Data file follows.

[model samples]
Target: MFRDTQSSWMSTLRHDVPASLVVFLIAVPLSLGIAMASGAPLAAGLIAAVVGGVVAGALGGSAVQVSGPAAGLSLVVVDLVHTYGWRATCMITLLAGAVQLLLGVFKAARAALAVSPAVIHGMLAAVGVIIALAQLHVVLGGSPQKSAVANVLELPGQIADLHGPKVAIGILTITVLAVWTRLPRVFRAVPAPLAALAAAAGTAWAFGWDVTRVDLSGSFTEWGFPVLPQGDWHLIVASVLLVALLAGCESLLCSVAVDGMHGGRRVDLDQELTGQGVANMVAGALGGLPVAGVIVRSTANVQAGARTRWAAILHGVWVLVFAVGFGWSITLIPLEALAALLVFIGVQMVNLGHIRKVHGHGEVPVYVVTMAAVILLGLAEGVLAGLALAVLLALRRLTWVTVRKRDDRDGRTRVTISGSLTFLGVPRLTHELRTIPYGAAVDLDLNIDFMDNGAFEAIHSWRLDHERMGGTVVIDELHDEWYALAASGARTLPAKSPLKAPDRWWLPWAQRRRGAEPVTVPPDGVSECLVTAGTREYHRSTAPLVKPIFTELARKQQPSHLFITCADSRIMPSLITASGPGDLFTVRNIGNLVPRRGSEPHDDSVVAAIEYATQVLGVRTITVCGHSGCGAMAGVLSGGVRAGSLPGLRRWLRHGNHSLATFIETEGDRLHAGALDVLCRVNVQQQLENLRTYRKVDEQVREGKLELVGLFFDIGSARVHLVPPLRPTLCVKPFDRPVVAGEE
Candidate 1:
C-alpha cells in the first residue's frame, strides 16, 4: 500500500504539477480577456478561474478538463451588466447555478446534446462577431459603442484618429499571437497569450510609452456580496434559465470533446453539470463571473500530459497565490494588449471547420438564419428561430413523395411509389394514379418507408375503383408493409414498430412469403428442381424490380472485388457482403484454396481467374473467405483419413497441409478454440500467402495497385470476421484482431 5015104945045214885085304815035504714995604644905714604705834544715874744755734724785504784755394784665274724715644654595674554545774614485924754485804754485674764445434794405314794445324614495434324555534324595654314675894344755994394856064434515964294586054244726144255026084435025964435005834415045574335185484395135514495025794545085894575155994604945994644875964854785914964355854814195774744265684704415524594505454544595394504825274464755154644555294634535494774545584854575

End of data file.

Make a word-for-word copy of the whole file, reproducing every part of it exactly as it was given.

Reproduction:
[model samples]
Target: MFRDTQSSWMSTLRHDVPASLVVFLIAVPLSLGIAMASGAPLAAGLIAAVVGGVVAGALGGSAVQVSGPAAGLSLVVVDLVHTYGWRATCMITLLAGAVQLLLGVFKAARAALAVSPAVIHGMLAAVGVIIALAQLHVVLGGSPQKSAVANVLELPGQIADLHGPKVAIGILTITVLAVWTRLPRVFRAVPAPLAALAAAAGTAWAFGWDVTRVDLSGSFTEWGFPVLPQGDWHLIVASVLLVALLAGCESLLCSVAVDGMHGGRRVDLDQELTGQGVANMVAGALGGLPVAGVIVRSTANVQAGARTRWAAILHGVWVLVFAVGFGWSITLIPLEALAALLVFIGVQMVNLGHIRKVHGHGEVPVYVVTMAAVILLGLAEGVLAGLALAVLLALRRLTWVTVRKRDDRDGRTRVTISGSLTFLGVPRLTHELRTIPYGAAVDLDLNIDFMDNGAFEAIHSWRLDHERMGGTVVIDELHDEWYALAASGARTLPAKSPLKAPDRWWLPWAQRRRGAEPVTVPPDGVSECLVTAGTREYHRSTAPLVKPIFTELARKQQPSHLFITCADSRIMPSLITASGPGDLFTVRNIGNLVPRRGSEPHDDSVVAAIEYATQVLGVRTITVCGHSGCGAMAGVLSGGVRAGSLPGLRRWLRHGNHSLATFIETEGDRLHAGALDVLCRVNVQQQLENLRTYRKVDEQVREGKLELVGLFFDIGSARVHLVPPLRPTLCVKPFDRPVVAGEE
Candidate 1:
C-alpha cells in the first residue's frame, strides 16, 4: 500500500504539477480577456478561474478538463451588466447555478446534446462577431459603442484618429499571437497569450510609452456580496434559465470533446453539470463571473500530459497565490494588449471547420438564419428561430413523395411509389394514379418507408375503383408493409414498430412469403428442381424490380472485388457482403484454396481467374473467405483419413497441409478454440500467402495497385470476421484482431 5015104945045214885085304815035504714995604644905714604705834544715874744755734724785504784755394784665274724715644654595674554545774614485924754485804754485674764445434794405314794445324614495434324555534324595654314675894344755994394856064434515964294586054244726144255026084435025964435005834415045574335185484395135514495025794545085894575155994604945994644875964854785914964355854814195774744265684704415524594505454544595394504825274464755154644555294634535494774545584854575